“After expenses, taxes and insurance, I am yielding a 9.5% annual return; not factoring in the appreciation value of the real estate,” remarked Fuller. “In this market, I view this as a very strong return. I call it my ‘mailbox money’ strategy. Every month the rent checks come in like a passive investment. When you rent to the right people and you have a very well thought out rental agreement, this can be a very pleasant and prosperous experience.”

Fuller says he’ll also continue his franchise consulting business and make time for his favorite hobby: fishing. “I live in Clearwater, Florida and this area has some of the best fishing in the world.”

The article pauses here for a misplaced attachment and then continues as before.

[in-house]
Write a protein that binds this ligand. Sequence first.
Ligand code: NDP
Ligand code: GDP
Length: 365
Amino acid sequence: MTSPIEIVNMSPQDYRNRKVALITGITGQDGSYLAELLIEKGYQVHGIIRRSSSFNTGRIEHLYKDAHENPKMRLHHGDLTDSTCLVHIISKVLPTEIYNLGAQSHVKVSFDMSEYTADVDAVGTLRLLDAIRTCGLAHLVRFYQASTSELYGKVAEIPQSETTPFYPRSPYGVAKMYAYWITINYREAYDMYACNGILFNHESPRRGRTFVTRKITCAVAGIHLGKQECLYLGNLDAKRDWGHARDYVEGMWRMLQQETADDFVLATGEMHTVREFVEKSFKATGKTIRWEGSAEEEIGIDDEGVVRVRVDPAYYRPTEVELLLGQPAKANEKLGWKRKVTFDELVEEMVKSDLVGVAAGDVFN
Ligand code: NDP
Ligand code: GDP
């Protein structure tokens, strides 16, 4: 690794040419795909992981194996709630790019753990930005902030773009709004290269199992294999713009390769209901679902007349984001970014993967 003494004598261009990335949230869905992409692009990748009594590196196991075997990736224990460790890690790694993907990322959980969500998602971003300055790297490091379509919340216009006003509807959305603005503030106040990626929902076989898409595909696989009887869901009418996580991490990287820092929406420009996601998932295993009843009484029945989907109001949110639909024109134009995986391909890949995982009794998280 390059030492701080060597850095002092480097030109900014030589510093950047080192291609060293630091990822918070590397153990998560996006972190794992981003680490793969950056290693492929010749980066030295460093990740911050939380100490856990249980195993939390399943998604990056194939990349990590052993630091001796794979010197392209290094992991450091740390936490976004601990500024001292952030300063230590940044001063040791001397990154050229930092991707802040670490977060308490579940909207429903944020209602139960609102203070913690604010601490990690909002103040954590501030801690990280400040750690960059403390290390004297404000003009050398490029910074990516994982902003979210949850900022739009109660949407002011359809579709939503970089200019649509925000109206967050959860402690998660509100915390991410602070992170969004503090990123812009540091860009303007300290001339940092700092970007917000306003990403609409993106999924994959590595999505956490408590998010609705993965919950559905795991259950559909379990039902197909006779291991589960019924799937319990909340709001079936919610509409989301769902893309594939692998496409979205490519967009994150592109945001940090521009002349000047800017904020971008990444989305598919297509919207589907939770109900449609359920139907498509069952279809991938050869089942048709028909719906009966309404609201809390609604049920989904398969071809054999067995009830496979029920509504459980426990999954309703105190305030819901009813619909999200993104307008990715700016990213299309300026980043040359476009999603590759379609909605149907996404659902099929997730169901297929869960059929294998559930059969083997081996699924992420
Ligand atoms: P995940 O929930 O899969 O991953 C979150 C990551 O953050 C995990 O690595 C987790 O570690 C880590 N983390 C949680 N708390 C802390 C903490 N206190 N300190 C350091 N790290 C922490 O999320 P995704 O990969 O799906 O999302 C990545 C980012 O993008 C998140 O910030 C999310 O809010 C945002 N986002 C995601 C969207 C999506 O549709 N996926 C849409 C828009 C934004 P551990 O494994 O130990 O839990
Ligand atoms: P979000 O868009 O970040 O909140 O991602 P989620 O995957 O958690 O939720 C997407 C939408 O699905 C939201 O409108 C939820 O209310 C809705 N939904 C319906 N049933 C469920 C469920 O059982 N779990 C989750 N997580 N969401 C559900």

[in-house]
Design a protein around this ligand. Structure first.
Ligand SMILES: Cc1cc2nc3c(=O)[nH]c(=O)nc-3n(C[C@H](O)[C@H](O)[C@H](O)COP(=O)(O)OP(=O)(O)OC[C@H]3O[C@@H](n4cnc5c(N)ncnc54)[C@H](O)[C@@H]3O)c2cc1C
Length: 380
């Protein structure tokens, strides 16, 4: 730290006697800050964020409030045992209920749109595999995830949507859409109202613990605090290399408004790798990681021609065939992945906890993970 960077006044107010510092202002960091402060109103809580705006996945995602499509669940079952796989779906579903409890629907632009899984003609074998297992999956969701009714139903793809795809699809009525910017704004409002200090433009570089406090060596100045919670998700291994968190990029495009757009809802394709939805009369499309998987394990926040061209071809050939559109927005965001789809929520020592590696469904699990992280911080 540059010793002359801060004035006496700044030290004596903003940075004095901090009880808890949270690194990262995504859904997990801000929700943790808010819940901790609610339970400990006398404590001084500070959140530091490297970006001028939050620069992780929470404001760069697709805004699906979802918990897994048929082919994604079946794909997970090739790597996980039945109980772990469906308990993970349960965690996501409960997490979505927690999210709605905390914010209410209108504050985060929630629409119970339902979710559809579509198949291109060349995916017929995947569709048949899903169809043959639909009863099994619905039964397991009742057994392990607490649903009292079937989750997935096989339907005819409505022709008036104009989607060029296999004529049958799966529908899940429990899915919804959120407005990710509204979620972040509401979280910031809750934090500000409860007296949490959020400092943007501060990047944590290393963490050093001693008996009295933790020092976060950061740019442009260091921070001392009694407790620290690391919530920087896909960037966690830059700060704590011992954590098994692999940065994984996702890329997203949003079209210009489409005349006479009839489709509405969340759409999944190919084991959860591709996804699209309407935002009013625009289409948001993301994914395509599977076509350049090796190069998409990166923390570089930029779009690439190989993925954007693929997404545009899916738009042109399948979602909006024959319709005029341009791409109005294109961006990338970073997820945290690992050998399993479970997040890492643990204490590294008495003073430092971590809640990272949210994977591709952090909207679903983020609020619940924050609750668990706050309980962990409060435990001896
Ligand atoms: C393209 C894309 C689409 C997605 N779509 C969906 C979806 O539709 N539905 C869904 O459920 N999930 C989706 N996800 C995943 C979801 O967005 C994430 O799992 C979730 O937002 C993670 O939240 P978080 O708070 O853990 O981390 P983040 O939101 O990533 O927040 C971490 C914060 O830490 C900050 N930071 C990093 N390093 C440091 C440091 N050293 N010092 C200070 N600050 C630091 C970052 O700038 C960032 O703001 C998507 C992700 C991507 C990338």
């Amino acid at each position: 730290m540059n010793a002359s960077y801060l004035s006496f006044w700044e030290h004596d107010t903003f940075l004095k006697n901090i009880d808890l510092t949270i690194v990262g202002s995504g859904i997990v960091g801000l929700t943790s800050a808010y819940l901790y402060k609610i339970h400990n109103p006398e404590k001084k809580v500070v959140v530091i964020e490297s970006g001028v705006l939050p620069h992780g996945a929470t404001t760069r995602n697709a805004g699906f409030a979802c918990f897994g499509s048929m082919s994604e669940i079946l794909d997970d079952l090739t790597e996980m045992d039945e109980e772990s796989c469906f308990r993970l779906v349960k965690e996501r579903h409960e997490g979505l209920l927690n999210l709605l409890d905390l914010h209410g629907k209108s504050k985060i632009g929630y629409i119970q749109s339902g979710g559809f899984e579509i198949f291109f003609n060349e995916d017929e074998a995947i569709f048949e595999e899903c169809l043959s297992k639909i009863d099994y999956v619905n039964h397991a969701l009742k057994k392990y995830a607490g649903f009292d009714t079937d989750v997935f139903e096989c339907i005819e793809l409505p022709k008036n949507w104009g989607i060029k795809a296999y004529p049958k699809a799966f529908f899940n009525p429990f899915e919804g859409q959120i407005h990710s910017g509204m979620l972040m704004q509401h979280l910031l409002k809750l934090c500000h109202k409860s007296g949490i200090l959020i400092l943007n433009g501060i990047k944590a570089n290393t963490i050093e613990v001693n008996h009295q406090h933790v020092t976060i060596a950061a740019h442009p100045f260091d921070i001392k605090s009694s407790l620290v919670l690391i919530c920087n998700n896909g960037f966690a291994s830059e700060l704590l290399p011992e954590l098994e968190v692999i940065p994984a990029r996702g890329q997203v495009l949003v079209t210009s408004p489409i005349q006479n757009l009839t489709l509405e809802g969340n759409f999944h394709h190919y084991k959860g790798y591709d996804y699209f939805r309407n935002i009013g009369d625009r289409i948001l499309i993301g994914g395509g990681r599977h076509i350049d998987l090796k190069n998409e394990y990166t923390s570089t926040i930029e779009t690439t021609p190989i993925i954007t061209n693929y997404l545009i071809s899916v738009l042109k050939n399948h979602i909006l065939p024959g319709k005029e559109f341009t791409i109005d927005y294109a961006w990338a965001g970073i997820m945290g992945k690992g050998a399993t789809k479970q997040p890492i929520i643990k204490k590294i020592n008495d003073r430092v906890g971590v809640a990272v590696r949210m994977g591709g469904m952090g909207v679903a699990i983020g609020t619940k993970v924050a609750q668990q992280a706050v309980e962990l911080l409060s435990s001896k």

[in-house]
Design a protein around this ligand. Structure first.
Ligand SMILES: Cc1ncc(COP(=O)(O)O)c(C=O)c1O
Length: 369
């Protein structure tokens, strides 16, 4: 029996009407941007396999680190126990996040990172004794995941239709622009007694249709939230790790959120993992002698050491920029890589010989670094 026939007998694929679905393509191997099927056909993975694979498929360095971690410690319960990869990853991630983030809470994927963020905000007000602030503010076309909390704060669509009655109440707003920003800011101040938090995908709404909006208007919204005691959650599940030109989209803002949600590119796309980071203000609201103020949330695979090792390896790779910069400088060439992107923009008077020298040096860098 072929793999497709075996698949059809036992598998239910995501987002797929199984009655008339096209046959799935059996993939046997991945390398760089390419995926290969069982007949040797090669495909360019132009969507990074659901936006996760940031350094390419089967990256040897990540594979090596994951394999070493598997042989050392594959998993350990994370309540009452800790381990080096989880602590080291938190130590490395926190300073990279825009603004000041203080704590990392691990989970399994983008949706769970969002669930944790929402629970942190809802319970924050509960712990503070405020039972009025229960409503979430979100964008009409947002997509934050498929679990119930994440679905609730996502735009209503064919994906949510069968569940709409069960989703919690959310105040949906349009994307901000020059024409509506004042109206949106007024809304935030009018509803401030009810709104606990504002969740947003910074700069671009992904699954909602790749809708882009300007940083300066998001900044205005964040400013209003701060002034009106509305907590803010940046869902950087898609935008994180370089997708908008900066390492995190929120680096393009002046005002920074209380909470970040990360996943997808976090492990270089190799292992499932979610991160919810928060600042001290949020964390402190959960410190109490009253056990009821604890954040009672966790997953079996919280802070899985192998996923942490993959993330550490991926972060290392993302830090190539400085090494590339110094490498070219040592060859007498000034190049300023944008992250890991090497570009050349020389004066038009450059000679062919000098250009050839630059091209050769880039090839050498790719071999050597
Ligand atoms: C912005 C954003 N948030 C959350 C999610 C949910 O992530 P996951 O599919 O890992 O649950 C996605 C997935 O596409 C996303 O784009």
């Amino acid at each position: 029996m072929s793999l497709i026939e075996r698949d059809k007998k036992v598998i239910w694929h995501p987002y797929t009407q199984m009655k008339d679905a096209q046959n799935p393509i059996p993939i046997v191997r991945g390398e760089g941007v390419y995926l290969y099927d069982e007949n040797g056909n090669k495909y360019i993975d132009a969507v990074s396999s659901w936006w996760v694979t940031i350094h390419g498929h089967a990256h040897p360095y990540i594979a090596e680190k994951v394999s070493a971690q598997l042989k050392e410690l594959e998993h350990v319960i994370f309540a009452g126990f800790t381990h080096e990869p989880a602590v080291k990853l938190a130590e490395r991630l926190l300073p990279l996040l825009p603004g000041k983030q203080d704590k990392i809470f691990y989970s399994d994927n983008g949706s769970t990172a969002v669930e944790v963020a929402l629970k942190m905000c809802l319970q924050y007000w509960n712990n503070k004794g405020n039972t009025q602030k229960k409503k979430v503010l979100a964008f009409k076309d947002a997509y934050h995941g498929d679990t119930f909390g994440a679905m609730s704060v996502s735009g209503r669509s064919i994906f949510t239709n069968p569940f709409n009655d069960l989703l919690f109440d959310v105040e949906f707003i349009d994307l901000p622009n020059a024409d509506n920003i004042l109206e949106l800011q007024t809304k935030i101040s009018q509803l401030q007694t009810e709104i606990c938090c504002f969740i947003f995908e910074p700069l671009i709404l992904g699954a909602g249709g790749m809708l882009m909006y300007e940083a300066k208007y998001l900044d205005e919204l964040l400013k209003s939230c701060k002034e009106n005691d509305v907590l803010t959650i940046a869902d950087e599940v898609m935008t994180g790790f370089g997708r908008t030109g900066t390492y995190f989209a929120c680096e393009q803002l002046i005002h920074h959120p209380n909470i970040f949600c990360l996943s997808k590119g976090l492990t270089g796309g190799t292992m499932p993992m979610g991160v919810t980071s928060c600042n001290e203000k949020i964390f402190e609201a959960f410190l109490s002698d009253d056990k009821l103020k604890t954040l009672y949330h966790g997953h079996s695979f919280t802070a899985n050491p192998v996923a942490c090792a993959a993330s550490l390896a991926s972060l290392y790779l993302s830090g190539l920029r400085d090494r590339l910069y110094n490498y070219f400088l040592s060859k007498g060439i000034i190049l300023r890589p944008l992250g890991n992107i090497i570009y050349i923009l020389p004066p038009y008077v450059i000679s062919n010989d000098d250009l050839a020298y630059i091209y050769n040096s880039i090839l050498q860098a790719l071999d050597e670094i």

So, what’s next for this thriving investor?

“More rental properties! I am aggressively planning for my retirement and with the current real estate market as it is, the timing is right to add to our housing portfolio.”

Sounds like a plan.

Growing up in a family that owned a small town car dealership, Mark Larson learned what it takes to succeed in small business. So, when he was outsourced in 2010, he began looking for opportunities.

“I was both looking for a job and looking for a business I could buy or start.” 

Larson says he had loved wine since he was stationed in southwest Germany in the late ‘70s with the U.S. Air Force, so opening a wine tasting room was a natural fit. 

He began researching ways to use his retirement funds to start the business and found Guidant on the Internet. After speaking with two tax attorneys and another financial firm, he knew Guidant was the right choice for him.